I started using my Gentoo box for development again and there are a few things about Linux I didn't realize I had been missing.
Shell completion is awesome out of the box
zsh has an impressive completion system but I just don't feel the urge to ever customize it extensively. I just use the basic completion stuff on OS X because it's easy. On Gentoo I have rake tasks and all sorts of other crap completed for me by including a few lines in my .zshrc (iirc a script does this automatically anyway). Generally Linux distros try to knit everything together nicely so you never even think about things like whether or not a package will have readline support, and default configs will be tweaked and enhanced beyond the official zsh package.
Linux is stable. Really stable.
While people bash Microsoft daily for tying the GUI layer to the kernel, Apple seems to get away with it scot-free. I don't know if it's caused by my external display hooked up to the dock, or the Prolific Firewire chip in my external disk enclosure but something causes the mysterious "music plays until the end of the song, mouse can be moved, but nothing works" bug now and then and all I can do is a hard reset.
On Linux I currently use Fluxbox so everything is rock solid and fast (except Firefox! ;-), but in the extremely rare event that shit does hit the fan usually only a single app will crash, though sometimes X (and hence many others) go with it. A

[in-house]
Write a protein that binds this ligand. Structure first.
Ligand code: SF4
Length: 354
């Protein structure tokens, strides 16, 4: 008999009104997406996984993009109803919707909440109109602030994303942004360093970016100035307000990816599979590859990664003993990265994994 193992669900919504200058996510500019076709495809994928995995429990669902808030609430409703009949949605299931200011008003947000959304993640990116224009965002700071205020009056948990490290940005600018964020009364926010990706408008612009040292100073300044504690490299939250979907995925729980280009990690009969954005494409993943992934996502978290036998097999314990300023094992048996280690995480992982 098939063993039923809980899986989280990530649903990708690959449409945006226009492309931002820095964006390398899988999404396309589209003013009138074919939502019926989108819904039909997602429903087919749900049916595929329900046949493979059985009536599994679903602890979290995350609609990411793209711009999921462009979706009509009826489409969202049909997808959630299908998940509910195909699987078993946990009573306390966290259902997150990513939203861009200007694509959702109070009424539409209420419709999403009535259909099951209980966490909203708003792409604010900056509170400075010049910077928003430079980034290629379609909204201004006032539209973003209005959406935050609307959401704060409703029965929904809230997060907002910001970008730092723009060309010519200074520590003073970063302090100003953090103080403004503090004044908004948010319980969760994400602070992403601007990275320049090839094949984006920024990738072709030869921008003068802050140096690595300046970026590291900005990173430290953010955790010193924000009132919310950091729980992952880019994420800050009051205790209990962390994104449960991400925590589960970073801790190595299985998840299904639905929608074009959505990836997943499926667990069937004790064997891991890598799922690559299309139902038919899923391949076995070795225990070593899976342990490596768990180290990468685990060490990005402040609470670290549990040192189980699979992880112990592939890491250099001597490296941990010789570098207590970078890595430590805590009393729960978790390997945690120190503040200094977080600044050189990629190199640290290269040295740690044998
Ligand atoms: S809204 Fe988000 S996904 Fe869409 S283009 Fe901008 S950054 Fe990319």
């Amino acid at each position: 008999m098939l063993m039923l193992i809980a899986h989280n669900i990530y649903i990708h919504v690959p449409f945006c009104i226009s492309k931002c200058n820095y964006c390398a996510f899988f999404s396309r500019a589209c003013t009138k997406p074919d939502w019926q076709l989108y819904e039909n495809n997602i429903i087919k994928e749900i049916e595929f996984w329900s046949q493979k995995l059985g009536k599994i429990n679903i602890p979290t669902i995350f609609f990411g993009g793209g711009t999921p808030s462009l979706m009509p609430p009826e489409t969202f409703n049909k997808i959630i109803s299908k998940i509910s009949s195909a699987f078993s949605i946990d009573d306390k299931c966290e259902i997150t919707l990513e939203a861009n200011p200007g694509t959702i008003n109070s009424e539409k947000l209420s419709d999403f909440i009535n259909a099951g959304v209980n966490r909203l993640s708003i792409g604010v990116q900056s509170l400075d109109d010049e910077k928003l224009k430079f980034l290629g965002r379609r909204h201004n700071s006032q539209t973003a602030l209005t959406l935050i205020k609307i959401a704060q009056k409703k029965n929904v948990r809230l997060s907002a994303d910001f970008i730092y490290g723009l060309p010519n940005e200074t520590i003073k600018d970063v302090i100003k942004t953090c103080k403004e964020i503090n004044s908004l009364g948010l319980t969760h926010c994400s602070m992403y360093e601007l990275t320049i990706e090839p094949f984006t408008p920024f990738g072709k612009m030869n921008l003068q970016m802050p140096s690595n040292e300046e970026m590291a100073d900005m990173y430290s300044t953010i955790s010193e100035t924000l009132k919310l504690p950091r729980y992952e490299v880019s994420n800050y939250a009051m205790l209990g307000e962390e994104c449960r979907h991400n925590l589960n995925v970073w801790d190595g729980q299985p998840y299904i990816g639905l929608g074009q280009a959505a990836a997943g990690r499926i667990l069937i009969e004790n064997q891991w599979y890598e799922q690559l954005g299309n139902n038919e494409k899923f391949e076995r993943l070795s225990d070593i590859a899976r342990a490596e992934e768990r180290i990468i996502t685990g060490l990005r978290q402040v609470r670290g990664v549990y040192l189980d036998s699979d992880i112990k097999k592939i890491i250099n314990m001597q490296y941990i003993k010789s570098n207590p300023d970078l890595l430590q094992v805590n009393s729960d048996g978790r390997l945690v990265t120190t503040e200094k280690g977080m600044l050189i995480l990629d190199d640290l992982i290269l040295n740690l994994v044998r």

sudo /etc/init.d/gdm restart fixes that. The only times I've had to hard reset Linux was because of a random bug (strangely similar to my MacBook bug) with Nvidia's driver with dual head setups. All this is pretty moot since Linux is generally just stable.
Those are 2 relatively small things but the added comfort they provide is very nice.
In the spirit of switching things up I'm going to forgo my usual routine of using gvim on Linux and try out emacs. I've been frustrated with vim's lack of a decent file browser and I've never much liked the tree plugin. Vim is a fantastic editor when it comes to navigating, slicing, and dicing text. After that it sort of falls flat though. After getting hooked on TextMate I have come to love integration with all sorts of external apps such as Subversion, rake, and the shell because it makes my work easier. Emacs seems to embrace that sort of philosophy and I'm more impressed with the efforts to integrate Rails development into Emacs than vim. I'm typing this post using the Textile mode for Emacs and the markup is rendered giving me a live preview of my post. It's not WYSIWYG like Typo's preview but it's still pretty damn cool. I think can get used to emacs.
I'm just waiting for a bunch of crap to compile – because I use Gentoo – and soon I'll have a Gtk-enabled Emacs to work in. If I can paste to and from Firefox then I'll be happy. I'll have to open this in vim or gedit to paste it into Firefox, funny!
I'm also going to try replacing a couple of desktop apps with web alternatives. I'm starting with 2 no-brainers: mail and feeds with Gmail and Google Reader. I never got into the Gmail craze and never really even used Gmail very much. After looking at the shortcuts I think I can get used to it. Seeing j/k for up/down is always nice. Thunderbird is ok but there isn't a mail client on Linux that I really like, except mutt. That played a part in my Gmail choice. I hadn't used G-Reader before either and it seems alright, but it'll be hard to beat NetNewsWire.